7. Chris Garber

    I could give two figs. Arroyo’s the smartest one yet. He volunteers an admission that could cover anything from Andro to Zebra hormones, but doesn’t expressly admit anything but a then-legal substance.

    All done when all the attention is on the bigger (literally) stories. He’s now done, and did it without any or negative repercussions.

    Kudos to you.

  8. Shelby

    For as bad a performance that Bronson can put on, he and Roy Halladay are the two most winning pitchers in baseball over the past few years so to say that he is below average is not really a true statement.

  9. Matt WI

    By what measure? Wins? Winning percentage? (I doubt that). I like Arroyo and have defended him here, but he’s average at best. His ERA kills any reasonable defense. Yup, his innings pitched are great, but wins are poor measure alone for pitchers. I hope some time likes him and we get some talent back, but I’m guessing if they did, he’d have already been gone by now.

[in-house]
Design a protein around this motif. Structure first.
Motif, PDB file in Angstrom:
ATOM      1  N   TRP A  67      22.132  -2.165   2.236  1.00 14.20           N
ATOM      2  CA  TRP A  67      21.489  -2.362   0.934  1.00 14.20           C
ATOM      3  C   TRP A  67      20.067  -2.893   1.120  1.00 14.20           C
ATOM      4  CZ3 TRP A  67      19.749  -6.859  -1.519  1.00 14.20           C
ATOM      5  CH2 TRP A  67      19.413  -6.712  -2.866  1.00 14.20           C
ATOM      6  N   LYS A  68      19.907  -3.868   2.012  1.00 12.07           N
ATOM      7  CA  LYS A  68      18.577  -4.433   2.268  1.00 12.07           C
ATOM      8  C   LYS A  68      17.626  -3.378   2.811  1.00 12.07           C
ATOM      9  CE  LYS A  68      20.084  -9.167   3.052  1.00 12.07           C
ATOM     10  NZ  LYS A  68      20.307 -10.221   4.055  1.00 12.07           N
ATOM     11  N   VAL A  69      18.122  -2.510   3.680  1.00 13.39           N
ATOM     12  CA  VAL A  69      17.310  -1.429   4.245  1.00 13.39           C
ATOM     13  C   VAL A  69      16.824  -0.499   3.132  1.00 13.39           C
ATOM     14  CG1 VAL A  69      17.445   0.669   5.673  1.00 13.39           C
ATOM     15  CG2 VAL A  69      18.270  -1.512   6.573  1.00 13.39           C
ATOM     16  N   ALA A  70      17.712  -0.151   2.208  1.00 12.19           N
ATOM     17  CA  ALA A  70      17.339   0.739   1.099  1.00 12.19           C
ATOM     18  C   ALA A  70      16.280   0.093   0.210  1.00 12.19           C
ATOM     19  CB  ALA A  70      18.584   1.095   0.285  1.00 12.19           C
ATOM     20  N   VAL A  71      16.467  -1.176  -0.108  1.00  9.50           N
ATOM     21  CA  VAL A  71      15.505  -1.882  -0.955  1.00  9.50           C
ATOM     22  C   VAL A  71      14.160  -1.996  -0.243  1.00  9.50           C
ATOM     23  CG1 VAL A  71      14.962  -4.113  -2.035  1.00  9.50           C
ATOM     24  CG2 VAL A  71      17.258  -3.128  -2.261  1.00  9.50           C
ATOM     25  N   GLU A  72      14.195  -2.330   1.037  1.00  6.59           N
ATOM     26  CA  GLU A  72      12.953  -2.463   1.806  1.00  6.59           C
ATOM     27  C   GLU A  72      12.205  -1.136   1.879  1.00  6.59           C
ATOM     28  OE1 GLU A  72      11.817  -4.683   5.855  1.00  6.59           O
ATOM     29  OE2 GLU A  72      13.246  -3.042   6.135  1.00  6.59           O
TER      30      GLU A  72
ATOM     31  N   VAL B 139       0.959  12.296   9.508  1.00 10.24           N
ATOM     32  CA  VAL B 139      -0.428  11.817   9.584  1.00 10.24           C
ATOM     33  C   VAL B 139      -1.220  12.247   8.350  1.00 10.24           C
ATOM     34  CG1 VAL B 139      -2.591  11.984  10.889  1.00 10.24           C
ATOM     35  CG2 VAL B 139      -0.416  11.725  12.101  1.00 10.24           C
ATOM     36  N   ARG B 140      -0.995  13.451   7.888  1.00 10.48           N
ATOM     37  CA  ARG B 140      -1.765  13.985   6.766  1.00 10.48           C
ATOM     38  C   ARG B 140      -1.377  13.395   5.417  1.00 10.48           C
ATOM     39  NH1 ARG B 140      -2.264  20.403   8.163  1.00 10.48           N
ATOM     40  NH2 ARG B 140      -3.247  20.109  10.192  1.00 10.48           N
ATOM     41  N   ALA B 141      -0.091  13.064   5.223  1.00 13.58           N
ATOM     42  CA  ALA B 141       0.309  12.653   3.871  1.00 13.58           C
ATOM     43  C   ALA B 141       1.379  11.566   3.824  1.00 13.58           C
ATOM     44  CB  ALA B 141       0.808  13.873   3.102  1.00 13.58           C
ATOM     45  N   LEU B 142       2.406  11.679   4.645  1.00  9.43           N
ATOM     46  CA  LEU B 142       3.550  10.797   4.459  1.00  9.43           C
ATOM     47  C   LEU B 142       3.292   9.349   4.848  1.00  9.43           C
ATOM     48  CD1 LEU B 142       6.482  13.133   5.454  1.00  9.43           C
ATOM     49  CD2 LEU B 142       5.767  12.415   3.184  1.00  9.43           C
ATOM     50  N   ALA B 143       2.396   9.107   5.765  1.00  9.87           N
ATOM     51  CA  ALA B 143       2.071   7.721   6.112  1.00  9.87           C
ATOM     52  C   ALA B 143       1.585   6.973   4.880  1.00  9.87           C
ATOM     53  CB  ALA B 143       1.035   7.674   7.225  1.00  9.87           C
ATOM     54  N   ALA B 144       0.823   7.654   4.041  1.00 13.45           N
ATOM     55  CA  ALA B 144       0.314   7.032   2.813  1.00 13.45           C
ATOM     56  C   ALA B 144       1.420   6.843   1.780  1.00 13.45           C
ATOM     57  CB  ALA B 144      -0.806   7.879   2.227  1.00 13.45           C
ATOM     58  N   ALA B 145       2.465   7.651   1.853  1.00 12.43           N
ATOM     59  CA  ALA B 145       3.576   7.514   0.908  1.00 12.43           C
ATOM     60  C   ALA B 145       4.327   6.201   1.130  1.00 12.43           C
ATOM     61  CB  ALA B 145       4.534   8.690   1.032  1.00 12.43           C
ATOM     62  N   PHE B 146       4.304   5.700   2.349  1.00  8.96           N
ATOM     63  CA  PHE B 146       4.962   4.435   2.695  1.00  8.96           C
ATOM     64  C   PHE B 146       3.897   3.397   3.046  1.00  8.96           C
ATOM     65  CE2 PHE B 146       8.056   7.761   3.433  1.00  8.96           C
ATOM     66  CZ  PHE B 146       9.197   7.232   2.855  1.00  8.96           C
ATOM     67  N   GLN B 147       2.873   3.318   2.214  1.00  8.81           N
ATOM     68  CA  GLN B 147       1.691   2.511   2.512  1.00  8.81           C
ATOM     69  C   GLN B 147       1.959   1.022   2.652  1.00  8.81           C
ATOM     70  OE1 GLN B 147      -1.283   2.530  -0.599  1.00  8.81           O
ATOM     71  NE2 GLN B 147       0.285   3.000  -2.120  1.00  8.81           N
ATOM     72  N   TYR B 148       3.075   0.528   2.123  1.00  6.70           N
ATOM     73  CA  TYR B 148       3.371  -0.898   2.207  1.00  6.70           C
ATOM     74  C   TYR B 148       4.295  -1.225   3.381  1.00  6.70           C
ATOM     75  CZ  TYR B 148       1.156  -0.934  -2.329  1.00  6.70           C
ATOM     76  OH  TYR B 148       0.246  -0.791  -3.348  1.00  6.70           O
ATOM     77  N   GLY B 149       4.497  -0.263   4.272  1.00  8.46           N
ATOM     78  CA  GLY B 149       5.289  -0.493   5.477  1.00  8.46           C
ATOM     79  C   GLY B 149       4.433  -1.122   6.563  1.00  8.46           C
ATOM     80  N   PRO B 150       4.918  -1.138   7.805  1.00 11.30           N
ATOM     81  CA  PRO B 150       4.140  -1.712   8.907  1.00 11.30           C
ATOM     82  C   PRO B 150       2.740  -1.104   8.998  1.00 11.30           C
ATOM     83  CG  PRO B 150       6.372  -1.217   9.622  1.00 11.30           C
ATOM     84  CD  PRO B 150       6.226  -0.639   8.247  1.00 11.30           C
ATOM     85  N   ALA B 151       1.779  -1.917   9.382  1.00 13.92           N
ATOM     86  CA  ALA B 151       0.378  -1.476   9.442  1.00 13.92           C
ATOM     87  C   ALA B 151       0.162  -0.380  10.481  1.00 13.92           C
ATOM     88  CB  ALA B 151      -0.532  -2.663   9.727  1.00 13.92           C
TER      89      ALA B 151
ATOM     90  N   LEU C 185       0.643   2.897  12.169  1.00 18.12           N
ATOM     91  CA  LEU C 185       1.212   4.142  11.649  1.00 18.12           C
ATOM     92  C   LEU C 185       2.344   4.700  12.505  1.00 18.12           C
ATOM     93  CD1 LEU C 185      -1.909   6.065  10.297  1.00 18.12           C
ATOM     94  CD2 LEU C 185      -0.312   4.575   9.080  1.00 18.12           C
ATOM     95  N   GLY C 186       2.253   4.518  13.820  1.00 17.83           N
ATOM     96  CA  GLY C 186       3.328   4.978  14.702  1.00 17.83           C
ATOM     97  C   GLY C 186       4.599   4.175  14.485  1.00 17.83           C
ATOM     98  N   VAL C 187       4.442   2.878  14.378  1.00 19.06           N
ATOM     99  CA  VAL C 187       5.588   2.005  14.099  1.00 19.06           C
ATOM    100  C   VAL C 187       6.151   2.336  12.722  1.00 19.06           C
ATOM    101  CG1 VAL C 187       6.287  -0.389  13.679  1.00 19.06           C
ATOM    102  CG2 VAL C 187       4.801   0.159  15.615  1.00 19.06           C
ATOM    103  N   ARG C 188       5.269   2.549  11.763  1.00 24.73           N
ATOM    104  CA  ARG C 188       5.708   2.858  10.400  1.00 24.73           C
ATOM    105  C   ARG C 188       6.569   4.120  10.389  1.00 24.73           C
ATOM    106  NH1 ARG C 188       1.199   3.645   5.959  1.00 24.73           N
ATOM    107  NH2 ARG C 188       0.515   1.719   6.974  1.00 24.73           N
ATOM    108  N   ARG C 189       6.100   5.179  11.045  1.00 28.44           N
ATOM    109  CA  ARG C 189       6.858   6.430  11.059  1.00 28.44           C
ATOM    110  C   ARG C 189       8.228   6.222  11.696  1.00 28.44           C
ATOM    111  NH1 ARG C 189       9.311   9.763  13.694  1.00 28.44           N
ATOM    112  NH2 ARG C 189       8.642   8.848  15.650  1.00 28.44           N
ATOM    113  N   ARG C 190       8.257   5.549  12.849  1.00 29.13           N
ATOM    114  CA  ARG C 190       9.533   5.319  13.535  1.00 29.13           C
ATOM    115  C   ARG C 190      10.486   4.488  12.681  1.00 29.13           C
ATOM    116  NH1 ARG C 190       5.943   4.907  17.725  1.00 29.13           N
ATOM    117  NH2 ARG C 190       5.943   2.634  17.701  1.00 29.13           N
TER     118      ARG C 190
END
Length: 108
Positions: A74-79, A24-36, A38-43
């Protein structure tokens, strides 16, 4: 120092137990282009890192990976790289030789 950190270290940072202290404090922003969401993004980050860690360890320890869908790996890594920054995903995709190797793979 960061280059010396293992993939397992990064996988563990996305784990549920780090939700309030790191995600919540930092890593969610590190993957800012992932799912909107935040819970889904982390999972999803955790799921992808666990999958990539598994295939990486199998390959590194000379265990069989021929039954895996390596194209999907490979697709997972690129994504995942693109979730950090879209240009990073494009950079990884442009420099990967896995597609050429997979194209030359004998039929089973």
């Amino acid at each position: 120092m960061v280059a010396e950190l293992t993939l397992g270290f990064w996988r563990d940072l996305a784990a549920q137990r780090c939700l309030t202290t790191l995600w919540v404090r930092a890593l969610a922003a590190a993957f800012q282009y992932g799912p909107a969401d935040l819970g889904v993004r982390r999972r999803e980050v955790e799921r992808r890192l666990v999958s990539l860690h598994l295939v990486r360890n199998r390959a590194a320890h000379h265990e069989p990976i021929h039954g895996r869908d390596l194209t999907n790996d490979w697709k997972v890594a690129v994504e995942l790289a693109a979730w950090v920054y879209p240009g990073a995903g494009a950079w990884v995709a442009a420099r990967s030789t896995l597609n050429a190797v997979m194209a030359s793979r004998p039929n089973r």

10. Chris Garber

    I mean, doesn’t everyone just assume all players born in the ’60s and ’70s used PEDs?

    And all players born in the 30s and 40s used amphetimines (i.e. PEDs).

  11. GregD

    MLB has finally come around to banning Zebra hormones, right?

  12. Chad Dotson

    I agree that the only people who care about this anymore are sportswriters/pundits.

    The general public doesn’t care.

    I have never cared. I wish Junior HAD taken PEDs earlier in the decade. Maybe the Reds would have won more games and maybe he would have been on the field more.

  13. Matt Steele

    by any measure that measures a pitcher’s performance and not a team’s performance, Arroyo is average to below average the past few years. His first year with the Reds was by far his best and I doubt he will ever match that again